Monday, 28 October 2013

From K - Linen vs. Essex Linen (Tips & Tricks)

After recently finishing two quilts using backgrounds made from both traditional linen and an Essex yarn dyed linen, I thought it might be valuable to summarize my findings while they're still fresh in my mind. Here are the two quilts I'm going to reference:

Salt Water Swoon Quilt (traditional linen background):
Wonky Star Quilt (Essex yarn dyed linen background):
 
Making these quilts in parallel was a fantastic way to look at the pros and cons of both textile, so I can better understand how and when to use them again in the future.
 
While there are a number of differences between the two textiles, the main thing that stood out to me was weave density. I quilt almost exclusively with high quality quilting cottons (the exception being some African wax prints) so I am used to working with tightly woven cotton that doesn't stretch much. For comparison, here is a close up of the two linens next to another commonly used quilter's background fabric, Kona cotton.
 
Even if you aren't familiar with linens, I'm sure you can see the difference in the various thread weaves. The Kona cotton on the left has the tightest weave, followed by the Essex linen in the right, and lastly by the traditional linen. It also seems as though the traditional linen has a lower thread count. In places you can see between the threads (I should have taken a photo up against a window to demonstrate this better - sorry!).
 
Essex Linen:
 
It's pretty clear by the comparison photo above that the Essex linen also has a lower thread count than the Kona cotton but the weave is relatively tight and very even. I found that when working with the Essex it acted surprisingly similar to the quilting cottons I am used to. Here are a few of my findings after quilting with it:
 
Notes about Essex Linen:
  • It's quite a bit heavier than a standard high quality quilters cotton, and softer too;
  • Its yarn dyed nature adds a lot of texture up close. More so than a standard cotton, but less so than a traditional linen;
  • It holds its shape well when cutting and piecing but it does stretch to a certain degree so i did try to be a bit more careful than usual;
  • I didn't need to starch or go overboard basting;
  • It gives a nice drape to quilt tops;
  • It doesn't like to iron out as easily as traditional quilters cotton. If you love a good crinkly quilt then this might suit you splendidly;
It is also worth noting that I prewashed my fabric when making the Wonky Star Quilt because I was using three different types of textiles, including Essex linen, Oakshott cotton and Shot cotton, all of which differ in their own way from a traditional quilters cotton. Because of this, I can't say how much it shrank.

My final thoughts on Essex Linen: I am absolutely crazy about Essex linen and I will without a doubt use this again in the future. It's soft, multi-dimensional, and easy to work with, plus the extra weight it offers will be perfect for Canadian winters. This linen will also be perfect for bags, sturdy pillow backings and any other home sewing items I add to my to-sew list.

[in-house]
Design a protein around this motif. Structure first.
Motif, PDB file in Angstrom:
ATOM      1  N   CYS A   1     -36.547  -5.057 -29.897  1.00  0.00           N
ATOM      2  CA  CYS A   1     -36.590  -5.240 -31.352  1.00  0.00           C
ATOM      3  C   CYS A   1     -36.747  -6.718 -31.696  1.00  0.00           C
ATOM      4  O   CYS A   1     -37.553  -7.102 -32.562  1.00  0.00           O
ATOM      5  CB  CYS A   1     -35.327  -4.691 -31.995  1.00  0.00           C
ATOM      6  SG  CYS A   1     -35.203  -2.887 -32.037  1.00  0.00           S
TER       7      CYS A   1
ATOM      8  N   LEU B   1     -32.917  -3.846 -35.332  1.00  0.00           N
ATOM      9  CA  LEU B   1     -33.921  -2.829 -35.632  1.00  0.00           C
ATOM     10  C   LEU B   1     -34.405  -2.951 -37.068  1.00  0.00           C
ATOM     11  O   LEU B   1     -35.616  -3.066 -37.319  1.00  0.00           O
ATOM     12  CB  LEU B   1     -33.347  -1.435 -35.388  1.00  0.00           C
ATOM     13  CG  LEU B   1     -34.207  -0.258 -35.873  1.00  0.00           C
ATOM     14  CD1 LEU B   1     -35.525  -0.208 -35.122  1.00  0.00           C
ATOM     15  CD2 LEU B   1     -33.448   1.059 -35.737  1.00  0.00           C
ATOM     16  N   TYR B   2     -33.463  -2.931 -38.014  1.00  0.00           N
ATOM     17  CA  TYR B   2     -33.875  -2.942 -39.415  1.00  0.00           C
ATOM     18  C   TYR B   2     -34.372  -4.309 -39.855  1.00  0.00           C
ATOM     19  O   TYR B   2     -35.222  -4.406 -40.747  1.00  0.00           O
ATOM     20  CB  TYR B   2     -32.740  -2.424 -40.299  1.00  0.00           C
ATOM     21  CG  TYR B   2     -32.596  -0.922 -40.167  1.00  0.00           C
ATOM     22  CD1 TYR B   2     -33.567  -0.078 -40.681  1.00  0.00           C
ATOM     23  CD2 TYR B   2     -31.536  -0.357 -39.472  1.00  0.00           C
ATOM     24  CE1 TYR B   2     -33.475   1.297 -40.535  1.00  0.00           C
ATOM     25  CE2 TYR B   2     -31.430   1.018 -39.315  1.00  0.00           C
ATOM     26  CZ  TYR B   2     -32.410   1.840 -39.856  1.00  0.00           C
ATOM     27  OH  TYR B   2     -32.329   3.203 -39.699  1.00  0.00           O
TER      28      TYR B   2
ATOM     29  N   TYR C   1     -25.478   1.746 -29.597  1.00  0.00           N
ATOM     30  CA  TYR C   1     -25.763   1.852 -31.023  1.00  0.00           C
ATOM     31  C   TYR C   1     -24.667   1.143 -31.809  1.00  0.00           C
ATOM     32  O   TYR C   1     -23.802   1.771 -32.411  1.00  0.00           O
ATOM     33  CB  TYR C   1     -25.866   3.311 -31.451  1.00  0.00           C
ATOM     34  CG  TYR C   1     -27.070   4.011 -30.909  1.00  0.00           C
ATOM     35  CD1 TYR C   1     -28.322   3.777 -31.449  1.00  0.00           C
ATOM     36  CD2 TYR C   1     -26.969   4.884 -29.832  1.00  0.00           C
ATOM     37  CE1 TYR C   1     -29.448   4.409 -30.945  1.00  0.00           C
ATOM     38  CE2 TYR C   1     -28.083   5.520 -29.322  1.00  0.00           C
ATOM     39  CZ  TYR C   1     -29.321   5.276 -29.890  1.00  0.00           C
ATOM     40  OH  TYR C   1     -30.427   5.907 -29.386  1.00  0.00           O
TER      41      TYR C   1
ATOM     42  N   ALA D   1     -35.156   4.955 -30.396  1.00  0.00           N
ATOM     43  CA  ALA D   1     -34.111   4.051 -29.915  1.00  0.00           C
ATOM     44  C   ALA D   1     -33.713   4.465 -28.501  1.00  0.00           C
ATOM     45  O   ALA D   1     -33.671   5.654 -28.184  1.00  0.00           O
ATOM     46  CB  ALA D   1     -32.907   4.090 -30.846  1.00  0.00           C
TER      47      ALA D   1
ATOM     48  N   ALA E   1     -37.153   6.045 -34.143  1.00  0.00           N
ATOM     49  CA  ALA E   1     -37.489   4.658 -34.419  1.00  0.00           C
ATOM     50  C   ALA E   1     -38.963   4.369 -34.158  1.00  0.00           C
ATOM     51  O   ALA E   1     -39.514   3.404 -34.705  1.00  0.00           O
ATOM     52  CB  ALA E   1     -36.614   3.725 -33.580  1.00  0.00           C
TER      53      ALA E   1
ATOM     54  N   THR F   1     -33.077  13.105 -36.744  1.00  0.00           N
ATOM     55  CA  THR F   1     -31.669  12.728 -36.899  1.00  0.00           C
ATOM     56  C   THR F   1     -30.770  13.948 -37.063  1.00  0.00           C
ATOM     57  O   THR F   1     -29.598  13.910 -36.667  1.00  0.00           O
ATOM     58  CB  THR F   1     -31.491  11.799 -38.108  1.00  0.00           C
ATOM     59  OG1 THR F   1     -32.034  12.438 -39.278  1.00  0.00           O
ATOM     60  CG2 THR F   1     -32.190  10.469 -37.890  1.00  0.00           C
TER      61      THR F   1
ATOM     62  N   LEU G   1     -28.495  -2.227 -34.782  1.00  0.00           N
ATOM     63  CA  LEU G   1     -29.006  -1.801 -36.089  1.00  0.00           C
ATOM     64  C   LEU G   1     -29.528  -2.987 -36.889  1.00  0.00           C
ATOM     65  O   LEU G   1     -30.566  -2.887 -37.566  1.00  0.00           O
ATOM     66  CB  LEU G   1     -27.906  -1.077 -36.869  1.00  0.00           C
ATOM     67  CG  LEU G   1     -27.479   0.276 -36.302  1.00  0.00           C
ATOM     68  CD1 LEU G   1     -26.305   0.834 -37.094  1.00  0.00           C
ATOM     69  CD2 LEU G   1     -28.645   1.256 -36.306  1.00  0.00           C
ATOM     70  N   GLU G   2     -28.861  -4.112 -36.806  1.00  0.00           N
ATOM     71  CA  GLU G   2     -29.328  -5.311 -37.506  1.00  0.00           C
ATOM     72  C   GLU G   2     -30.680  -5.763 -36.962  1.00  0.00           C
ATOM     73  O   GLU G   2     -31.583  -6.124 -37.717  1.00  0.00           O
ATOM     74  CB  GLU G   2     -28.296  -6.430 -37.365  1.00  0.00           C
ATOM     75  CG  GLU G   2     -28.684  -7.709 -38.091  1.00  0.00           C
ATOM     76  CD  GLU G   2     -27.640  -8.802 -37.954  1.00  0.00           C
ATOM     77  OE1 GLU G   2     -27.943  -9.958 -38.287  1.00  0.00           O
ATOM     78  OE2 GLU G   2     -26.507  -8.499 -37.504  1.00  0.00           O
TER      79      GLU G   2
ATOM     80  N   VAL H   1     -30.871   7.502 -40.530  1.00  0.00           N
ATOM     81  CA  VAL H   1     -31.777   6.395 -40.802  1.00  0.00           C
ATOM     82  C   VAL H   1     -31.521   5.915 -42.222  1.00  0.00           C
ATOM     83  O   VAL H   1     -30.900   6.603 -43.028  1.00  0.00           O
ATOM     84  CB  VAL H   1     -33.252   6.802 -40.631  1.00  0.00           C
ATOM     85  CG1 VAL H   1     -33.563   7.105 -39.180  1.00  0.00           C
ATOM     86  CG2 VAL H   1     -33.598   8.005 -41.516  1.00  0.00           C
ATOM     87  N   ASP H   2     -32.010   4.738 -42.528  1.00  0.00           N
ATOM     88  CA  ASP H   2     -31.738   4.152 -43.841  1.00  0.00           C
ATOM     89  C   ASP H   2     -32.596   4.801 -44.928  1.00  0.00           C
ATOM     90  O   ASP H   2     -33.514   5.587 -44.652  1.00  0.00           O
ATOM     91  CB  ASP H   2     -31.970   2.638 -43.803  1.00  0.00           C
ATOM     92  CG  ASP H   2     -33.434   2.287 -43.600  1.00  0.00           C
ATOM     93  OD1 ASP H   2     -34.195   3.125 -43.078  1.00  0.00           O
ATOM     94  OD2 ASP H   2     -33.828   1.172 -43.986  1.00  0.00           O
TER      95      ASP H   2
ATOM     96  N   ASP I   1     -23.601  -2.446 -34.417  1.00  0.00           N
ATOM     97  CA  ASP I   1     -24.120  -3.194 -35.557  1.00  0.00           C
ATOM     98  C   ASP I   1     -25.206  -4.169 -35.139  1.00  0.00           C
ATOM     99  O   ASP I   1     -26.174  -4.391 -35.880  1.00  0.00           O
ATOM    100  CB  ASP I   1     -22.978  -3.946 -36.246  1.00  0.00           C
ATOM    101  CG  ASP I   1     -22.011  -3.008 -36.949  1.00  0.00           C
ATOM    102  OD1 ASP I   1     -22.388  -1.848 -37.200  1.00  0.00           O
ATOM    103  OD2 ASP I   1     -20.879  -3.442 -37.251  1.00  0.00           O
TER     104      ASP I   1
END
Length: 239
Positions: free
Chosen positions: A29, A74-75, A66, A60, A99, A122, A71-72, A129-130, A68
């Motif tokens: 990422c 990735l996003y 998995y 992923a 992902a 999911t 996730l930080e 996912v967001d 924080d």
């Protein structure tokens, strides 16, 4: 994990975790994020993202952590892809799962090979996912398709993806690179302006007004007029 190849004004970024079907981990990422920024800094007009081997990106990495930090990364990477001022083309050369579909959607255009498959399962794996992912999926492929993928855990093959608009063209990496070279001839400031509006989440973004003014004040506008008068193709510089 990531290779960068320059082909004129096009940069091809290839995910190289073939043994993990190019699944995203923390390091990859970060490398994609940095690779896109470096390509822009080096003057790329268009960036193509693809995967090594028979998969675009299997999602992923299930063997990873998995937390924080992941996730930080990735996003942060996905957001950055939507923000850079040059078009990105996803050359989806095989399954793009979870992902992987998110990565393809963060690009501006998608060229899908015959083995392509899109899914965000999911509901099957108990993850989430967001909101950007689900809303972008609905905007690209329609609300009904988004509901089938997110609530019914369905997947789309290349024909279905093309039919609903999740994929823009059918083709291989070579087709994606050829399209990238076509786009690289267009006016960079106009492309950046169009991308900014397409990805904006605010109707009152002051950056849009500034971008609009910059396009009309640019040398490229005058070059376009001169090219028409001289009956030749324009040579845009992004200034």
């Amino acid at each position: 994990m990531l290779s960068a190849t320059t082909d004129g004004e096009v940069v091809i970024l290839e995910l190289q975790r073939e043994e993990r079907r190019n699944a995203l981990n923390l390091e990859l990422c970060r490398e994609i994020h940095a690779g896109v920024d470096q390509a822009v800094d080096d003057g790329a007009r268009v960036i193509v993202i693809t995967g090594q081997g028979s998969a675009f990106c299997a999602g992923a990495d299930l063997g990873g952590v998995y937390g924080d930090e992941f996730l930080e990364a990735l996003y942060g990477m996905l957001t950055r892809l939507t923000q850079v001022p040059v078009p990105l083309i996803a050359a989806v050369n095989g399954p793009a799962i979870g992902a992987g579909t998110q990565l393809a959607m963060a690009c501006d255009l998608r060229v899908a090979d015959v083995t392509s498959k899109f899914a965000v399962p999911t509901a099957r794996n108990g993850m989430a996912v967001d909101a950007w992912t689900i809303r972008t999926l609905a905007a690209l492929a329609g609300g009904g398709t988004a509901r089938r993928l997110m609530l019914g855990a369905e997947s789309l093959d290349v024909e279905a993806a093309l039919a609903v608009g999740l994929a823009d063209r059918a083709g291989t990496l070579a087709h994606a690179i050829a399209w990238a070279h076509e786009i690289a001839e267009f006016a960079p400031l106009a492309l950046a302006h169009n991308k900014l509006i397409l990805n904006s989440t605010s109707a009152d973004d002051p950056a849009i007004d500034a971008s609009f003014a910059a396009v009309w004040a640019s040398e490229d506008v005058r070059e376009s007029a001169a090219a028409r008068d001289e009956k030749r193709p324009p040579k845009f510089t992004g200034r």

Traditional Linen:
 
My Salt Water Quilt was the first time I have ever worked with linen, or for that matter, a loose weave textile. While it was trickier to deal with than using a standard quilting cotton and took quite a bit more organization, I am very happy with the result. To save you some of the heart ache that I endured, I have created a simple cheat sheet of tips for using traditional linen successfully. I know I will be referencing this again myself in the future.

Tips for Quilting with Traditional Linen:
  • Prewash! I cannot stress this enough. I NEVER prewash my quilting cottons but I will ALWAYS prewash linen (I learned this the hard way);
  • After you prewash, toss it in the dryer on high heat and shrink it on purpose before you cut (it shrinks like crazy!);
  • Spray starch is your friend as traditional linen tends to stretch easily. Using a starch will keep your fibers firm when piecing;
  • Measure your pieces frequently when piecing to make sure they haven't been stretched;
  • Piece linen blocks using straight lines. Curved pieces are likely to stretch and skew so be wary of this if your pattern calls for lots of curves;
  • Be cognizant of your movement during ironing. Be sure to press seams flat using an up-down motion. If you slide your iron across seams from side-to-side, your linen may stretch;
  • Baste, baste, baste. Spray baste with 505 and then use boat loads of pins to help reduce your top from stretching during quilting; and
  • Use a batting with Scrim to give structure when quilting. My long armed quilter used this when she quilted my Salt Water Swoon Quilt.